Sunday, March 22, 2009

Weekend at the sea

Old Barney
Image by WildVanilla (Rob) via Flickr
The lighthouse at Barnegat Light.

Our weekend at the sea was also a seafood weekend.

We drove down to Barnegat Light, a New Jersey fishing port at the northern end of Long Beach Island, and stayed at a B&B called Minerva's By The Sea. At the end of the street was Kubel's, which opened in 1927, and we had dinner there Friday and lunch Saturday. Unfortunately, Off the Hook, a takeout place for great prepared seafood, and many other places we have enjoyed in years past, had not opened for the season.

But fresh fish and shellfish is one of the reasons we return to the Jersey Shore year after year, and we weren't disappointed. Friday night, we had a great piece of halibut with small shrimp in a light tomato sauce, served on a bed of sauteed spinach; steamed clams and Alaskan king crab legs. We had flounder and crab cake sandwiches for lunch the next day, along with steamed clams and clams on the half shell.

In search of lobster Saturday night, we had dinner at the Engleside Inn in Beach Haven, one of the most popular towns on Long Beach Island. But the restaurant had no whole lobsters, only South African lobster tails. We ordered those, panko-covered scallops from Barnegat Light and a yellowtail tuna sushi roll. Only the too-thick lobster bisque was disappointing.

Our best seafood meal awaited us on the road back to North Jersey. A small building with some peeling paint on the exterior and the word "Fishery" on Route 35 in Sayreville (732-721-9100) had closed in the year or so since we had been there and had been reopened by a man from Greece about a month ago. He kept the menu, prices and recipes, adding distinctly Greek touches.

We started with small bowls of a light lobster bisque that tasted of sherry and Maine lobster, clam and corn chowder. Great. The steamed clams were outstanding, surpassing the ones we had at the shore. They came with a small cup of butter plus another cup with clam broth, garlic, herbs and white wine. Wow!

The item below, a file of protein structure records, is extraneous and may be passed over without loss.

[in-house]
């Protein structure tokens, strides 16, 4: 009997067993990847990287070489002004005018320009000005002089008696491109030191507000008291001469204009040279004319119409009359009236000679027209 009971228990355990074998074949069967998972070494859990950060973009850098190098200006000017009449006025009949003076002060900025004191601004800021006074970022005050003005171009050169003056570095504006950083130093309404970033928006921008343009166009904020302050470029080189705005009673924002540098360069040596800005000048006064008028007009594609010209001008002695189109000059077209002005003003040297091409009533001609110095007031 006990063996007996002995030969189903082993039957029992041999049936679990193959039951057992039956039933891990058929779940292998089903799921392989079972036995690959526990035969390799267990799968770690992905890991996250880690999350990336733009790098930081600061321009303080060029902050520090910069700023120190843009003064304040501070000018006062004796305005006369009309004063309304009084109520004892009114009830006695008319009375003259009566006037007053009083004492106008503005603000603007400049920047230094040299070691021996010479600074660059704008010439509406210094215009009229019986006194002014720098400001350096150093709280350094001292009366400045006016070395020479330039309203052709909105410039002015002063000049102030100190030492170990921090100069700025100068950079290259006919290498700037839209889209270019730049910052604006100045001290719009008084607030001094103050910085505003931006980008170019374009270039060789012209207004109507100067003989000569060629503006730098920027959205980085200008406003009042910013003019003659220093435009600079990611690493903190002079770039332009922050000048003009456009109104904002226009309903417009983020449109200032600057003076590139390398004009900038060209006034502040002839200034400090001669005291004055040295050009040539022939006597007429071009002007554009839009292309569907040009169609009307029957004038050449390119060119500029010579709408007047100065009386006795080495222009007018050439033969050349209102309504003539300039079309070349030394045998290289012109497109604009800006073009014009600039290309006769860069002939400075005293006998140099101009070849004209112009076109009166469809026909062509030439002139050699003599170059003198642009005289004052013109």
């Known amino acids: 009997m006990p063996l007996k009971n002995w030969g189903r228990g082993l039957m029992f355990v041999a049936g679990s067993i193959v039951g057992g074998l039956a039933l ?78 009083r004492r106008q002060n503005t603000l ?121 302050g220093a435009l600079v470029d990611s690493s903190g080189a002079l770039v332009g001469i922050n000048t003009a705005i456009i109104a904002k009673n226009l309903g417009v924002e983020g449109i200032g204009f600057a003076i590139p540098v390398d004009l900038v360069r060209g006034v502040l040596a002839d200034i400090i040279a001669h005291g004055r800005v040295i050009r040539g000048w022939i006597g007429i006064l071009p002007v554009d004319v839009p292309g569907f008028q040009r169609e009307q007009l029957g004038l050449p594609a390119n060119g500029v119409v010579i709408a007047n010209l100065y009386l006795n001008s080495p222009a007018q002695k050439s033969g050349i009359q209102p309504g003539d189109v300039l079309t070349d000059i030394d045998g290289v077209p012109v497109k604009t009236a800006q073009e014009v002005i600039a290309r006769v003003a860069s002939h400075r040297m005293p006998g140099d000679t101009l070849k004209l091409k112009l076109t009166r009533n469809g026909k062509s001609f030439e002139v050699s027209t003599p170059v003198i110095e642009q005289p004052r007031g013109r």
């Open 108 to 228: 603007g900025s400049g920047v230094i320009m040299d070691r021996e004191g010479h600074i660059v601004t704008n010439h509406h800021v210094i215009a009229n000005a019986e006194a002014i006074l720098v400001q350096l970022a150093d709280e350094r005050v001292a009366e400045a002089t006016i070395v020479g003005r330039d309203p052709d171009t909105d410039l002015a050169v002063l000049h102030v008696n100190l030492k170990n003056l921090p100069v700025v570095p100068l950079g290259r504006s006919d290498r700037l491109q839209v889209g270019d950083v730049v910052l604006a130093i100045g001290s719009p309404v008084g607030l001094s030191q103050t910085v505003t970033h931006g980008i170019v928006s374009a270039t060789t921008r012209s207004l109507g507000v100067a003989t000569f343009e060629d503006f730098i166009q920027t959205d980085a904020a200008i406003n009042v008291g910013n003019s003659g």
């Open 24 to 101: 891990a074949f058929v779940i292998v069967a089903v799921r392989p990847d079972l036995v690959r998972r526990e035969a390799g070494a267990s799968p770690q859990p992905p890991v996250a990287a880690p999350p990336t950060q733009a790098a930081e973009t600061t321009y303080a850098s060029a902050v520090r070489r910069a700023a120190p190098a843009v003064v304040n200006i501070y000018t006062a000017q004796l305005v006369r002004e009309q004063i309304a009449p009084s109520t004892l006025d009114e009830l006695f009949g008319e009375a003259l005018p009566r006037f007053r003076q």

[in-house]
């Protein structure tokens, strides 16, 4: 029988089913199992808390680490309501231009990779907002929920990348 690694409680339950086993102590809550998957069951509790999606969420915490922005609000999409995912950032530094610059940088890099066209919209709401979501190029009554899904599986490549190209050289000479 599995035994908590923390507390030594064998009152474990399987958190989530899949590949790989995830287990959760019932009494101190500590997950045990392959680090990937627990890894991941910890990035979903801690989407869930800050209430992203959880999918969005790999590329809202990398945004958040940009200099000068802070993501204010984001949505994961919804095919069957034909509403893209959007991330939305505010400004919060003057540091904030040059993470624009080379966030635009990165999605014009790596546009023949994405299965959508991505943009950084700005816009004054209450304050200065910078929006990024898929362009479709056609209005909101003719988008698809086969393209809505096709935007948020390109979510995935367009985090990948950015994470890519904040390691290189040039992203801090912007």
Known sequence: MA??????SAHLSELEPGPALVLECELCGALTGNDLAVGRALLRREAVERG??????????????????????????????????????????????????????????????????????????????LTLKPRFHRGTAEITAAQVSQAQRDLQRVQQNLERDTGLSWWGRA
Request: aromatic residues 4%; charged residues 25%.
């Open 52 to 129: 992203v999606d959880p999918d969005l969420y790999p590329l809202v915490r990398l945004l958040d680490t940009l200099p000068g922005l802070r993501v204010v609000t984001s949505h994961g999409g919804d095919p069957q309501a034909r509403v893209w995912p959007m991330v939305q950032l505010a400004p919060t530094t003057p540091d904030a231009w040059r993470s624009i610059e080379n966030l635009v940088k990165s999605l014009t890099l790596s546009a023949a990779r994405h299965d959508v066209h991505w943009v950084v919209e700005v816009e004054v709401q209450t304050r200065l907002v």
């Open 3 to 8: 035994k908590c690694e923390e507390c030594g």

We also ordered the grilled whole bronzini from Greece on the specials list ($21.95). The fish, which we had seen nestled in ice in The Fishery's seafood display, came topped with a white wine sauce that contained whole garlic cloves, and was accompanied with rice and sauteed fresh spinach. It looked to be about 14 inches long. My son took the tail portion, my wife took the head and all of us shared the delicious white flesh in the middle. We only had room for a little of our second entree, perfectly fried whiting, which we took home.

There had been signs of an auspicious weekend. At the Whole Foods Market opening Thursday (see earlier post), I saw a whole monkfish with a sign that it had come from Barnegat Light, where Scandinavian fishermen settled in the 1920s. Then we learned that Minerva's, the B&B where we stayed, is in a building that once housed a fish wholesaler. The top-floor kitchen, where we had breakfast Saturday and Sunday, was where the wholesaler prepared fish for customers from Europe, Japan, China and elsewhere, said our host, Emma.
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